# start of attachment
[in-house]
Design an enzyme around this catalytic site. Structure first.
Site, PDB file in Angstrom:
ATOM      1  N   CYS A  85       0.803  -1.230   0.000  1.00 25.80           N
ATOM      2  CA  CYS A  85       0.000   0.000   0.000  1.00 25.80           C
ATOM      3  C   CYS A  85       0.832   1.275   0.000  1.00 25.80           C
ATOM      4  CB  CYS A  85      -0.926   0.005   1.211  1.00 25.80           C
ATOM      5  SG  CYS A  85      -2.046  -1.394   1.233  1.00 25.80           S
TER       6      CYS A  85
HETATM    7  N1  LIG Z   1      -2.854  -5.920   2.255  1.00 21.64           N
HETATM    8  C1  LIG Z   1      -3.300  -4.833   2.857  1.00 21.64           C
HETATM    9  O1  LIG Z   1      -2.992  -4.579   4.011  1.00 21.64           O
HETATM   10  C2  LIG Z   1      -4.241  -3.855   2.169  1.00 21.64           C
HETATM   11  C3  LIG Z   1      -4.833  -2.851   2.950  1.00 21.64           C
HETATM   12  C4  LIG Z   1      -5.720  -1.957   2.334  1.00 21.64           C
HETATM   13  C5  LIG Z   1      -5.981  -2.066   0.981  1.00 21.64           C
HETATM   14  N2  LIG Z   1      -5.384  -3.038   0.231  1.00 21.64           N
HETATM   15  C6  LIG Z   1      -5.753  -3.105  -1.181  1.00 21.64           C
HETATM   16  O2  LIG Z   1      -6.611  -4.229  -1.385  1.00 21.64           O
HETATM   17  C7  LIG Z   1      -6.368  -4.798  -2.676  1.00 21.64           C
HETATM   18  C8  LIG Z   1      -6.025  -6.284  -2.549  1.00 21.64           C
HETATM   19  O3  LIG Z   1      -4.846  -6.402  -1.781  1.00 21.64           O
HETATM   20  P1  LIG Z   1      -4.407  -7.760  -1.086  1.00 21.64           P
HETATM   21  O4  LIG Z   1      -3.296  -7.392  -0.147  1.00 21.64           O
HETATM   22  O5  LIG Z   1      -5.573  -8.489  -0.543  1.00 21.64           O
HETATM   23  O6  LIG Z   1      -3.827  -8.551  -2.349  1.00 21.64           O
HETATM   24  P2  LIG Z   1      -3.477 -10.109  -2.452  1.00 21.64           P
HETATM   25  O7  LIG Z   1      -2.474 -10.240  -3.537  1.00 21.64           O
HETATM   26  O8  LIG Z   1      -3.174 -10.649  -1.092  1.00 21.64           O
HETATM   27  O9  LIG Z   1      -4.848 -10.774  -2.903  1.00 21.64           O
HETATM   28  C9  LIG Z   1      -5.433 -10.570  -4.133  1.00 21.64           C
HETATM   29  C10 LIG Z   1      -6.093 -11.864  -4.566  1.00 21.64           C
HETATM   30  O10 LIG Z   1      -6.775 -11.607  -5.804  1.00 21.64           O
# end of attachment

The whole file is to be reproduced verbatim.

[in-house]
Design an enzyme around this catalytic site. Structure first.
Site, PDB file in Angstrom:
ATOM      1  N   CYS A  85       0.803  -1.230   0.000  1.00 25.80           N
ATOM      2  CA  CYS A  85       0.000   0.000   0.000  1.00 25.80           C
ATOM      3  C   CYS A  85       0.832   1.275   0.000  1.00 25.80           C
ATOM      4  CB  CYS A  85      -0.926   0.005   1.211  1.00 25.80           C
ATOM      5  SG  CYS A  85      -2.046  -1.394   1.233  1.00 25.80           S
TER       6      CYS A  85
HETATM    7  N1  LIG Z   1      -2.854  -5.920   2.255  1.00 21.64           N
HETATM    8  C1  LIG Z   1      -3.300  -4.833   2.857  1.00 21.64           C
HETATM    9  O1  LIG Z   1      -2.992  -4.579   4.011  1.00 21.64           O
HETATM   10  C2  LIG Z   1      -4.241  -3.855   2.169  1.00 21.64           C
HETATM   11  C3  LIG Z   1      -4.833  -2.851   2.950  1.00 21.64           C
HETATM   12  C4  LIG Z   1      -5.720  -1.957   2.334  1.00 21.64           C
HETATM   13  C5  LIG Z   1      -5.981  -2.066   0.981  1.00 21.64           C
HETATM   14  N2  LIG Z   1      -5.384  -3.038   0.231  1.00 21.64           N
HETATM   15  C6  LIG Z   1      -5.753  -3.105  -1.181  1.00 21.64           C
HETATM   16  O2  LIG Z   1      -6.611  -4.229  -1.385  1.00 21.64           O
HETATM   17  C7  LIG Z   1      -6.368  -4.798  -2.676  1.00 21.64           C
HETATM   18  C8  LIG Z   1      -6.025  -6.284  -2.549  1.00 21.64           C
HETATM   19  O3  LIG Z   1      -4.846  -6.402  -1.781  1.00 21.64           O
HETATM   20  P1  LIG Z   1      -4.407  -7.760  -1.086  1.00 21.64           P
HETATM   21  O4  LIG Z   1      -3.296  -7.392  -0.147  1.00 21.64           O
HETATM   22  O5  LIG Z   1      -5.573  -8.489  -0.543  1.00 21.64           O
HETATM   23  O6  LIG Z   1      -3.827  -8.551  -2.349  1.00 21.64           O
HETATM   24  P2  LIG Z   1      -3.477 -10.109  -2.452  1.00 21.64           P
HETATM   25  O7  LIG Z   1      -2.474 -10.240  -3.537  1.00 21.64           O
HETATM   26  O8  LIG Z   1      -3.174 -10.649  -1.092  1.00 21.64           O
HETATM   27  O9  LIG Z   1      -4.848 -10.774  -2.903  1.00 21.64           O
HETATM   28  C9  LIG Z   1      -5.433 -10.570  -4.133  1.00 21.64           C
HETATM   29  C10 LIG Z   1      -6.093 -11.864  -4.566  1.00 21.64           C
HETATM   30  O10 LIG Z   1      -6.775 -11.607  -5.804  1.00 21.64           O